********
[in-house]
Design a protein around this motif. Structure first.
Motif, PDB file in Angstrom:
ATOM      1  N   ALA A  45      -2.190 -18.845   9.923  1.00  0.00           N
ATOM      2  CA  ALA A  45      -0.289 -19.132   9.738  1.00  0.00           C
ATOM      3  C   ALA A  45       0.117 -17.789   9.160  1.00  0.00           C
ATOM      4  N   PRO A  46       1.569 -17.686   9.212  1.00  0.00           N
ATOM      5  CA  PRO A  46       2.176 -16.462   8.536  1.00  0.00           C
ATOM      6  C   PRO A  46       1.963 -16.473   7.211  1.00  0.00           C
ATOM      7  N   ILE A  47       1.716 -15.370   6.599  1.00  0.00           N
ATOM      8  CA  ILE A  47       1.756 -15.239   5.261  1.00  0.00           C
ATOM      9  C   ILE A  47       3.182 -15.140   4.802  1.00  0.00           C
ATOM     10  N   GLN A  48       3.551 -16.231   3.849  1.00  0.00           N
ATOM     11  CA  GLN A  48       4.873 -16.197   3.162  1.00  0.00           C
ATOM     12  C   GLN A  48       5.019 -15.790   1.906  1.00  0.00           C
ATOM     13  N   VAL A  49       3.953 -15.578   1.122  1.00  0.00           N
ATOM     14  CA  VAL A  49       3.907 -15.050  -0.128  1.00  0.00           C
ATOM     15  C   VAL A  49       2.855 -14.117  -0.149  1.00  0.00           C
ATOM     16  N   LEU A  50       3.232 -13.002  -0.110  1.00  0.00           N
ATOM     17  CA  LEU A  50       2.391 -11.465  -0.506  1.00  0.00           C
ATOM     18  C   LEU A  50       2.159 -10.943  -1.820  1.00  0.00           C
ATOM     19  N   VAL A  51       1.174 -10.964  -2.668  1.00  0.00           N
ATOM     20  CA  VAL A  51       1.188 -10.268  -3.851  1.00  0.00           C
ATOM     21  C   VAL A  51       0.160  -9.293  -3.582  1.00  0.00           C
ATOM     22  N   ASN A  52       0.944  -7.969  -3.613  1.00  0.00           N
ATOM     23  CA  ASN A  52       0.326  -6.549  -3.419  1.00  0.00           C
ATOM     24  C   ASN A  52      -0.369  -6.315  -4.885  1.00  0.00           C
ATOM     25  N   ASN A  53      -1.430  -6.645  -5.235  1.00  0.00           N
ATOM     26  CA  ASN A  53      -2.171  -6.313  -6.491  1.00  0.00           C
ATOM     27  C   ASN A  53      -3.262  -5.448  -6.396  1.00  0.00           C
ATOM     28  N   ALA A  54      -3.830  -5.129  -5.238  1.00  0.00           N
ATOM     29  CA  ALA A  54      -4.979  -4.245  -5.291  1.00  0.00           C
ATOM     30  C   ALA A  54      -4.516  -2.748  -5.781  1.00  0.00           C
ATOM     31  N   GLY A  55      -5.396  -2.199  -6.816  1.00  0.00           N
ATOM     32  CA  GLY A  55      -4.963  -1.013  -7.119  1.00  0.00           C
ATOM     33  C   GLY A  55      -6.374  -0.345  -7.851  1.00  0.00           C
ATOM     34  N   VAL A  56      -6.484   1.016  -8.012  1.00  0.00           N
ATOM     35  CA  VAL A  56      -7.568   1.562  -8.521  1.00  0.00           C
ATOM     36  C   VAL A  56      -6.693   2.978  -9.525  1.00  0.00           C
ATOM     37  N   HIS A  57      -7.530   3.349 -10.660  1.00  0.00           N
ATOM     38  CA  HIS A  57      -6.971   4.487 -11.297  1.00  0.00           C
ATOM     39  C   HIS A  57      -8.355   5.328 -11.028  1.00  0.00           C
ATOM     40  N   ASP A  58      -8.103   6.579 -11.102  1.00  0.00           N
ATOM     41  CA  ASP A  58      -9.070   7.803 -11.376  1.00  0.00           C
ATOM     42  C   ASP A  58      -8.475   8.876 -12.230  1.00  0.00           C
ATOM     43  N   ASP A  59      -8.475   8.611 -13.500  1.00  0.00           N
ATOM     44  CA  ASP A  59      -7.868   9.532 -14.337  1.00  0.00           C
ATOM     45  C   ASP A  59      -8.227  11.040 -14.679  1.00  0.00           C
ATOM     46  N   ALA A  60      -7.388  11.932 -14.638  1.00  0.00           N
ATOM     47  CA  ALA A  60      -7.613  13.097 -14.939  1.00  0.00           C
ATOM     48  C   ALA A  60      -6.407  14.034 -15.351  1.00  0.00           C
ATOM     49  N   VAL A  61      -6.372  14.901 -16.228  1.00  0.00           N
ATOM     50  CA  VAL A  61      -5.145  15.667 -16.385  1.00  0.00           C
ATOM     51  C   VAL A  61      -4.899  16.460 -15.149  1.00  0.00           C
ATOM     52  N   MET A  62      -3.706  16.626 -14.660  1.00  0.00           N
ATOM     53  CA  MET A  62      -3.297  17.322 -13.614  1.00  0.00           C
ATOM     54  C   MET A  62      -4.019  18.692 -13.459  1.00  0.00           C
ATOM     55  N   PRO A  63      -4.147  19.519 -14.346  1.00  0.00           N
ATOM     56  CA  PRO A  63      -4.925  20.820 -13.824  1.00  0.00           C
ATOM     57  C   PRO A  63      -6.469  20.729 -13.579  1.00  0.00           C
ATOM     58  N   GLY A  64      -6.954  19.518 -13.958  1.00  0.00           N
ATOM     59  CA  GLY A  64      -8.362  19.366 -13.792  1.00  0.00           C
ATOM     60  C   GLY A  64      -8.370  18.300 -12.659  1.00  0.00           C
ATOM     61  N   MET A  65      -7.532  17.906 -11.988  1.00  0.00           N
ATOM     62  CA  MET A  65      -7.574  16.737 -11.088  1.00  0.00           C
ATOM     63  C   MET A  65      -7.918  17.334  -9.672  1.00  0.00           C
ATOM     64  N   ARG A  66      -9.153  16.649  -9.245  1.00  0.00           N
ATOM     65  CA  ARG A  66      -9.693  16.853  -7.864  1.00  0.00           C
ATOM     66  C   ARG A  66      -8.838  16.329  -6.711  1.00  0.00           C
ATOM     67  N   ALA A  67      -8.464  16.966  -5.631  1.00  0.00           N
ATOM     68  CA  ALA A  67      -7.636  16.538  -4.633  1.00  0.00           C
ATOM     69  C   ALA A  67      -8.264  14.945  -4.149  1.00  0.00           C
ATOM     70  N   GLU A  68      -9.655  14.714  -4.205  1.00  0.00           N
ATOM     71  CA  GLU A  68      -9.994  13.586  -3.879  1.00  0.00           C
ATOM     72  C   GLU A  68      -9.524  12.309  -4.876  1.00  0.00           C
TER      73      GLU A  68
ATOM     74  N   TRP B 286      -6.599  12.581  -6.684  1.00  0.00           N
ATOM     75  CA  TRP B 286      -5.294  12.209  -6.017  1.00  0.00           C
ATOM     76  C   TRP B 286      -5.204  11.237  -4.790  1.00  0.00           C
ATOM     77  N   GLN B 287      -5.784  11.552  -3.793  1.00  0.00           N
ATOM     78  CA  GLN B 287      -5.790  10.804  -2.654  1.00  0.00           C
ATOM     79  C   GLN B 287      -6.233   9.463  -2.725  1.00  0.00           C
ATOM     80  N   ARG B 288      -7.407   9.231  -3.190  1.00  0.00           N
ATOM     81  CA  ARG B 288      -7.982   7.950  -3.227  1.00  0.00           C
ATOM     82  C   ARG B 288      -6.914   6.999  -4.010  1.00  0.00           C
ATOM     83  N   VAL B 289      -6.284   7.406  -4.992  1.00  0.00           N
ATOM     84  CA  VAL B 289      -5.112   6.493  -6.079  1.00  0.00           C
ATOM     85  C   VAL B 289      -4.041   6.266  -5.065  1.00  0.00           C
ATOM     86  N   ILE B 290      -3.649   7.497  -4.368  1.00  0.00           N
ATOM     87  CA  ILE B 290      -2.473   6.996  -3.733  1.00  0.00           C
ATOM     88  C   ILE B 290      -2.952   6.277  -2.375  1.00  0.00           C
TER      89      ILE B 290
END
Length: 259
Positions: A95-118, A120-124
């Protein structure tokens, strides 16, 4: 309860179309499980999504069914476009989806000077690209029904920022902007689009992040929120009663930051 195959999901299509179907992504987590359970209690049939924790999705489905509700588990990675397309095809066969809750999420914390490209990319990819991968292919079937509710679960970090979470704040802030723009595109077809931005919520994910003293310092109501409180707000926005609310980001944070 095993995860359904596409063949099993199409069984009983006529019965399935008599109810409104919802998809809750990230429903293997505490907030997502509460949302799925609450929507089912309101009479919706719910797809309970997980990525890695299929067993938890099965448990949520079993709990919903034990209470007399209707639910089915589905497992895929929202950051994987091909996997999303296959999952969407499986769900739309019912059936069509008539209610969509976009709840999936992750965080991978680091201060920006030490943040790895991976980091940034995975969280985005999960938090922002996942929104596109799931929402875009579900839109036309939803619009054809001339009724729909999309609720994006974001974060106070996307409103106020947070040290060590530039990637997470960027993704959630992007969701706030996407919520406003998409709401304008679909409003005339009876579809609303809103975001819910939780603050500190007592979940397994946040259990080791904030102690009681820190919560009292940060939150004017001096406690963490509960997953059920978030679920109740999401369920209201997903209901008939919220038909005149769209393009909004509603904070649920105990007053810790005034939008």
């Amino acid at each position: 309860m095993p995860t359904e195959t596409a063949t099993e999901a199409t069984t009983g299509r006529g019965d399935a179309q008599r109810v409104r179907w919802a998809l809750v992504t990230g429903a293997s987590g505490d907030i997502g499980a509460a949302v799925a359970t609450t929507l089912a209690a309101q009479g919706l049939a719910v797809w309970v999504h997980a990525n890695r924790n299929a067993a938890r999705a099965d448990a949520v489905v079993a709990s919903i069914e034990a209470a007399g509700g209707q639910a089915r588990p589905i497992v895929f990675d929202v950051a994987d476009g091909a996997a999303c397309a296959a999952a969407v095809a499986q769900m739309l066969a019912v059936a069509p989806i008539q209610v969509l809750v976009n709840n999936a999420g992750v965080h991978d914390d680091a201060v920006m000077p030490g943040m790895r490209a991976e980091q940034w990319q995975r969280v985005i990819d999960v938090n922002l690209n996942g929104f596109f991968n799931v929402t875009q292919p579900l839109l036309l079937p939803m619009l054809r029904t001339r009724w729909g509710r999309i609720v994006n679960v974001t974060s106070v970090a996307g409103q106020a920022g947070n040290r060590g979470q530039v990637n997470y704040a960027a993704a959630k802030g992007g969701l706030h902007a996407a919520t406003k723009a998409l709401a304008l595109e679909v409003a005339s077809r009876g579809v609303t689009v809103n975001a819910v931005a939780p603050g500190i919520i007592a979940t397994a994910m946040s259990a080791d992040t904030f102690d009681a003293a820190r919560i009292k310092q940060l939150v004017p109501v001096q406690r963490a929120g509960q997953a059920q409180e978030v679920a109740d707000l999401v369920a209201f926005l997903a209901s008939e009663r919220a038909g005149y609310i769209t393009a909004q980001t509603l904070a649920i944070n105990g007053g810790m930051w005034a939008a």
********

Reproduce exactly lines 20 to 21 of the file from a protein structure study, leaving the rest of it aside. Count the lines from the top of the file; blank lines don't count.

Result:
ATOM     17  CA  LEU A  50       2.391 -11.465  -0.506  1.00  0.00           C
ATOM     18  C   LEU A  50       2.159 -10.943  -1.820  1.00  0.00           C